- Published on Sun, Apr 01, 2001 Question:The three doctors in our practice rotate coverage. Doctor #1s patient comes into the emergency room, but doctor #2 is contacted because hes on call. Because this patient is well known to all the doctors in our practice, doctor #2 talks with the emergency room physician and admits the patient to the hospital via phone. The next day, doctor #1 finishes the paperwork related to the admission and then performs an endoscopic retrograde cholangiopancreatography (ERCP). Who should bill for the hospital admission, doctor #1 or #2?
Answer: Neither gastroenterologist can bill for the hospital admission because neither one performed a billable evaluation and management (E/M) service, says Pat Stout, CMC, CPC, an independent gastroenterology coding consultant and president of OneSource, a medical billing company in Knoxville, Tenn.
This situation with the gastroenterologist admitting the patient to the hospital occurs frequently, she says. To bill for a hospital admission, however, you have to do more than fill out some papers. Technically, you are not billing a hospital admission. Codes 99211-99223 are for initial hospital care and require the three key components of an evaluation and management service (history, examination and medical decision-making). They also require that the gastroenterologist have face-to-face contact with the patient, which automatically rules out doctor #2 because he only spoke with the emergency room physician and never examined the patient.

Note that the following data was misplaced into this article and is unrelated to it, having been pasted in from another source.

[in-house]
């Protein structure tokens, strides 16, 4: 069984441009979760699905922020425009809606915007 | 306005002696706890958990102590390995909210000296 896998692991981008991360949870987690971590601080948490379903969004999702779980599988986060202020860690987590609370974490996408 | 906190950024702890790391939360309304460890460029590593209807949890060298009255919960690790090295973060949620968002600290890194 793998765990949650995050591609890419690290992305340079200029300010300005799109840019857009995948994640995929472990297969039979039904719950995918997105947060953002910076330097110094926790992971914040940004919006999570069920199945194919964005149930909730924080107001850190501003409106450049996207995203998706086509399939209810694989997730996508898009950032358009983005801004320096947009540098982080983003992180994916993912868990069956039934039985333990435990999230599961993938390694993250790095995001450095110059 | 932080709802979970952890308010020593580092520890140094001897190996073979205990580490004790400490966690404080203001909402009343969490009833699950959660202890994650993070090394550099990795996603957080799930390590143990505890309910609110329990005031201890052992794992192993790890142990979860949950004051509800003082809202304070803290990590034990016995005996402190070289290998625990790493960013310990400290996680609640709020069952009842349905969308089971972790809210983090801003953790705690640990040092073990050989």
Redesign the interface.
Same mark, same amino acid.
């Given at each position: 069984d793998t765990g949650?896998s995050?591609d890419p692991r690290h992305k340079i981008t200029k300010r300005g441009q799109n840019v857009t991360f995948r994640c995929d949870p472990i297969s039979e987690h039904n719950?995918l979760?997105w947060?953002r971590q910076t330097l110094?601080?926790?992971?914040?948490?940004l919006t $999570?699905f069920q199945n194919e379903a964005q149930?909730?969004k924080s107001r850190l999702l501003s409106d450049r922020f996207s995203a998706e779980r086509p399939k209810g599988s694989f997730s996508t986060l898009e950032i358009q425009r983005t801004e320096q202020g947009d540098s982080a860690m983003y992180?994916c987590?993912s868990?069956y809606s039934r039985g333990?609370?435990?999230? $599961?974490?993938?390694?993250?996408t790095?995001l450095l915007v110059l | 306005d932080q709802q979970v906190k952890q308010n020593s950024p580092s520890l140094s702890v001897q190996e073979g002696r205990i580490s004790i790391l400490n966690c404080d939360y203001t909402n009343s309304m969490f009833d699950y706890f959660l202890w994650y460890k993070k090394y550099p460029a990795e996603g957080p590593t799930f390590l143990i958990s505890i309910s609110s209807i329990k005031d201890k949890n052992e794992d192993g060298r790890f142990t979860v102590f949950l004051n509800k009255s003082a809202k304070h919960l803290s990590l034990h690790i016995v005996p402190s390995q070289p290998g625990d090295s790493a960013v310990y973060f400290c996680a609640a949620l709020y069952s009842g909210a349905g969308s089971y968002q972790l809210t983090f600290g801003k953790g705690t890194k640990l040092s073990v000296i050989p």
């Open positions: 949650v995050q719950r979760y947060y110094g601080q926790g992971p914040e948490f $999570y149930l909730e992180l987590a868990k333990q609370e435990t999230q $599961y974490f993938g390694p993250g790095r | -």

If doctor #1 examines the patient before performing the ERCP, he may bill for the initial hospital care service, Stout says. Modifier -25 (significant, separately identifiable evaluation and management service by the same physician on the same day of the procedure or other service) should be attached to the E/M code to indicate that it is a significant, separately identifiable service. The level of service billed will depend on the level of history, examination and medical decision-making that doctor #1 performed during his evaluation.
AMA coding guidelines allow this service to be billed even when it occurs on the day after the patient is admitted to the hospital. According to Principles of CPT Coding, published by the AMA, the guidelines for this series of codes indicate that they are intended to be reported for the first hospital inpatient encounter with the patient by the admitting physician. This date may not be the same as the date the patient was actually admitted to the hospital.
However, your question did not state that doctor #1 examined the patient before the ERCP was performed, and it is quite possible the gastroenterologist proceeded directly to the operating room with the patient because he was already familiar with the patients symptoms and diagnosis. If there was no face-to-face evaluation of the patient, then no initial hospital care [...]